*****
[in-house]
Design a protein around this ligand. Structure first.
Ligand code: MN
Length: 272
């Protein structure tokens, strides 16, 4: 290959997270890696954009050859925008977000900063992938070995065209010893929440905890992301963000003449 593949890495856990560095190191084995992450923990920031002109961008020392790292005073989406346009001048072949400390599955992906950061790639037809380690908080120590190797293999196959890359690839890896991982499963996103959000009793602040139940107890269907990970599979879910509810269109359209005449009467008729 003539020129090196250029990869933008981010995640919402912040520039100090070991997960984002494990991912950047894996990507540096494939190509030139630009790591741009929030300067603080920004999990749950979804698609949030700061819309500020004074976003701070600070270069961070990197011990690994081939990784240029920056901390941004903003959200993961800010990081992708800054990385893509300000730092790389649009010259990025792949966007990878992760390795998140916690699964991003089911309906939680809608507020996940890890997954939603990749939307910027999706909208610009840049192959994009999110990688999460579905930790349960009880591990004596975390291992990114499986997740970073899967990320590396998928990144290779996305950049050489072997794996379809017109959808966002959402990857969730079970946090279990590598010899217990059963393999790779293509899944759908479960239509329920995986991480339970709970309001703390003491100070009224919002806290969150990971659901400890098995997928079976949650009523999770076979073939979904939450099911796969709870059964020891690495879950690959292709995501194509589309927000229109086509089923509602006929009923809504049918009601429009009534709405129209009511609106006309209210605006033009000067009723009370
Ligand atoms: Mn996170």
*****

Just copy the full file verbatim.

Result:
[in-house]
Design a protein around this ligand. Structure first.
Ligand code: MN
Length: 272
């Protein structure tokens, strides 16, 4: 290959997270890696954009050859925008977000900063992938070995065209010893929440905890992301963000003449 593949890495856990560095190191084995992450923990920031002109961008020392790292005073989406346009001048072949400390599955992906950061790639037809380690908080120590190797293999196959890359690839890896991982499963996103959000009793602040139940107890269907990970599979879910509810269109359209005449009467008729 003539020129090196250029990869933008981010995640919402912040520039100090070991997960984002494990991912950047894996990507540096494939190509030139630009790591741009929030300067603080920004999990749950979804698609949030700061819309500020004074976003701070600070270069961070990197011990690994081939990784240029920056901390941004903003959200993961800010990081992708800054990385893509300000730092790389649009010259990025792949966007990878992760390795998140916690699964991003089911309906939680809608507020996940890890997954939603990749939307910027999706909208610009840049192959994009999110990688999460579905930790349960009880591990004596975390291992990114499986997740970073899967990320590396998928990144290779996305950049050489072997794996379809017109959808966002959402990857969730079970946090279990590598010899217990059963393999790779293509899944759908479960239509329920995986991480339970709970309001703390003491100070009224919002806290969150990971659901400890098995997928079976949650009523999770076979073939979904939450099911796969709870059964020891690495879950690959292709995501194509589309927000229109086509089923509602006929009923809504049918009601429009009534709405129209009511609106006309209210605006033009000067009723009370
Ligand atoms: Mn996170």